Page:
The Edwin Hawkins Singers’ album Let Us Go Into The House Of The Lord was a constant in the house when I was growing up. Best known for the catchy single “Oh Happy Day,” a gospel arrangement of an 18th-century hymn, the song reached No. 4 on the Billboard pop chart, No. 2 on the R&B chart, and eventually, in 1970, it won a Grammy for best soul gospel performance. An unusual pop hit, yes, but we’re talking about the ’70s. The whole decade hit different.
It fit right in with a record collection from parents who could listen to a wide spectrum of stories, ideas, and sounds. The connective string: Humanity. So The Commodores and some Bobby Womack on blast Friday night, Saturday brings Dylan, Buffy Saint Marie, Stevie (Wonder), CSNY, Chaka Khan, Neil Young, and Betty Carter, then some Rolling Stones and A Taste of Honey for the evening. Close out the weekend on Sunday with Black Brown and Beige by Duke and Ella. The vibe remained wide, people. Just like Black radio in those days, I digress.
But if the Edwin Hawkins singers came on, it meant it was either an “Oh Happy Day” or someone messed up. Mom needed to pray on it. (This story, by the way, does check out and is approved. Thanks, Mom!) We are talking husband, son, Uncle, or Uncles–depending on the weekend and who was visiting by way of Greyhound from New York City next-door neighbor attempting to run electricity through his house from our front porch electrical outlets, dog, cat… Someone or a certain pet (Diamond the dog or Stacey the cat) needed to thank those Edwin Hawkins singers for literally bringing peace and clarity into whatever situation was afoot.
Seriously though, I wholeheartedly believe we could mend the planet via bottling the salve found in collective black voices performing in a choir setting. Those tones, frequencies, bearing witness—shouting to and for perseverance through the spirit manifested in voice. If that technology is here, right now, and about to disrupt? Go flush out your bitcoin pipedreams with its decentralized digital currency fluctuations. And invest in the spirit. It’s been around forever.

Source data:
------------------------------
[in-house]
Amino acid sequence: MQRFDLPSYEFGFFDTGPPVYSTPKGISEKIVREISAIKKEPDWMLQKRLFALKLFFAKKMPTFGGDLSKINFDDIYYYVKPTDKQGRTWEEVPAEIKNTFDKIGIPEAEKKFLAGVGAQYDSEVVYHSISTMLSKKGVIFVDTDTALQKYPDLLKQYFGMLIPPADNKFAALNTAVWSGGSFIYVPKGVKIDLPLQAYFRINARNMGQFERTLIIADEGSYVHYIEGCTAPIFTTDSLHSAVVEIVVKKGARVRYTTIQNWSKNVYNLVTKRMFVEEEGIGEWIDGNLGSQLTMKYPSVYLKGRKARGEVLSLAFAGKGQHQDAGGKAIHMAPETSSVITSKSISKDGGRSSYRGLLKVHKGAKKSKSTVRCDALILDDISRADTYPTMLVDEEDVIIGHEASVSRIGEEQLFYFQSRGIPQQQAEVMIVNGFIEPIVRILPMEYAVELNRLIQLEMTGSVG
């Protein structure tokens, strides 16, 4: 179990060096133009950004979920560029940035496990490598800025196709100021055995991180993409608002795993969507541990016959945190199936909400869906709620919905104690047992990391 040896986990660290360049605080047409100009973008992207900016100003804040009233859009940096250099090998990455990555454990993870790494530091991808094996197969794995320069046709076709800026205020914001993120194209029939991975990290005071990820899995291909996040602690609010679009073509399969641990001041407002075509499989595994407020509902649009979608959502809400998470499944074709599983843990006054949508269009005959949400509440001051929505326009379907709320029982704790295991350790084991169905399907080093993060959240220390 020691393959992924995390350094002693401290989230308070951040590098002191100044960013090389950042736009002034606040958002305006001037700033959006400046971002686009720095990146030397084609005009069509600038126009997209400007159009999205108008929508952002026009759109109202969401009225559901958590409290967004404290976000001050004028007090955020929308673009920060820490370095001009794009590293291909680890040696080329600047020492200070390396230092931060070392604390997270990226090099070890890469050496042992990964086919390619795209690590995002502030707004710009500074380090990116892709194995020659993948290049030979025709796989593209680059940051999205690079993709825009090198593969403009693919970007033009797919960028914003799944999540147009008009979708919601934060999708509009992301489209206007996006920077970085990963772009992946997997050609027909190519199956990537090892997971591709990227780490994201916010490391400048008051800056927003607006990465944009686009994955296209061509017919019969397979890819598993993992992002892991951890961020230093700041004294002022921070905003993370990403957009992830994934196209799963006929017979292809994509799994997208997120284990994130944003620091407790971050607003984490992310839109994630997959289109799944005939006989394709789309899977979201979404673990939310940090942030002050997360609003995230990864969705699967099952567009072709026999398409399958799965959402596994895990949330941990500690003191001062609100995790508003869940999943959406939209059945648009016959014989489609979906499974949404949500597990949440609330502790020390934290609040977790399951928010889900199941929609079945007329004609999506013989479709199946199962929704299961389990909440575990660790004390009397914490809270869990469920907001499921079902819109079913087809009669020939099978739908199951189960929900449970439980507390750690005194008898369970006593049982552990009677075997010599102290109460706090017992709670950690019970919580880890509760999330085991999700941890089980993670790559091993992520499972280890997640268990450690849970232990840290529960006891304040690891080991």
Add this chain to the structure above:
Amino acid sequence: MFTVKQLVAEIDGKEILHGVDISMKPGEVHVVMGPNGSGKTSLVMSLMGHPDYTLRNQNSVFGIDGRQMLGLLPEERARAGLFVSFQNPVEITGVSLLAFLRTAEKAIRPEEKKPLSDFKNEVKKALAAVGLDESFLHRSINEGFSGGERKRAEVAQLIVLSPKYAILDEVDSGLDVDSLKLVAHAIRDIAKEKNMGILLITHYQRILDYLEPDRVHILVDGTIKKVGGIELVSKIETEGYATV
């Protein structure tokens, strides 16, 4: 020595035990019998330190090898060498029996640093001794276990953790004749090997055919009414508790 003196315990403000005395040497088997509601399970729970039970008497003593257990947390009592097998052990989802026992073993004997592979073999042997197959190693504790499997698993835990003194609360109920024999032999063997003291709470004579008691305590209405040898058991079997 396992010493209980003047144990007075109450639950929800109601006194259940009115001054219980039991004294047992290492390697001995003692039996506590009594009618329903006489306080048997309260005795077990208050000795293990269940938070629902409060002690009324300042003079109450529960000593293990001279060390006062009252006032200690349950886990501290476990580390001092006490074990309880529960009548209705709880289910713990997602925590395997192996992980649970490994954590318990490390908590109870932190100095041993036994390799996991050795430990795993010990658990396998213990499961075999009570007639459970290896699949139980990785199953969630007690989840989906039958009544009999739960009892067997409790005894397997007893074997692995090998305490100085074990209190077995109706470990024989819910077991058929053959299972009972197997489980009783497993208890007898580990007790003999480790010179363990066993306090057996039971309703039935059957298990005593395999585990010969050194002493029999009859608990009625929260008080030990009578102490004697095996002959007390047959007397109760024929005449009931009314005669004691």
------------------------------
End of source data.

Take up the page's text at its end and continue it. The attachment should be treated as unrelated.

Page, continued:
Those goosebumps—of the good kind—gets your heartbeat elevated with the organ, piano, and bass combo working intro on the modification of Rahsaan Roland Kirk’s “Spirits Up Above”. It’s the second song on Los Angeles community choir Jimetta Rose and The Voices of Creation’s debut release How Good It Is. The chorus, sung collectively—can you feel the spirits up above–is rhetorical. When this choir, the members of which display nothing amateur in their performance, sings in unison, it’s a rolling bluesy type of gospel that just bulldozes. That repetition, casting a bijou trance? Religious or not, it stirs us all.
Just give a look at the cover art for the release, framed in shells, a collection of hands, one bearing a tambourine, reaching up in unison, acknowledging this high power. It’s an image devoid of ego which delivers the sentiment. Yes, it is Rose, a vocalist, songwriter, arranger, producer, and substantial connective tissue of the Los Angeles music scene, whose name comes first. But as explained in the press she put together a multigenerational community-based choir of mostly non-professional singers, backed by some of the city’s best musicians. After being very low, enduring hardship, and writing with a purpose. Even she sought collective voices y’all. Get it?
Produced by Mario Caldato Jr., nicknamed The Maestro by Beastie Boys, and his wife Samantha Caldato, they recorded, “this new black classical music” according to Rose, within the walls of a church in East Pasadena. Over six songs that traverse through astral jazz and Sunday morning Word of God, it’s purposely scattered amongst all the hues: R&B, soul, and the undefined. This dynamism of plurality gets shot through the optimum amalgam of Blackness ever put to record by reworking Funkadelic’s magnum opus “Cosmic Slop” into the ultimate flip of meanings on “Answer The Call.” Worthy of a live performance at a 2022 version of Wattstax of Harlem Cultural Festival. Keep singing Voices of Creation, they, he or she, will build the event.
Label: Day Dreamer
John-Paul Shiver has been contributing to Treble since 2018. His work as an experienced music journalist and pop culture commentator has appeared in The Wire, 48 Hills, Resident Advisor, SF Weekly, Bandcamp Daily, PulpLab, AFROPUNK and Drowned In Sound.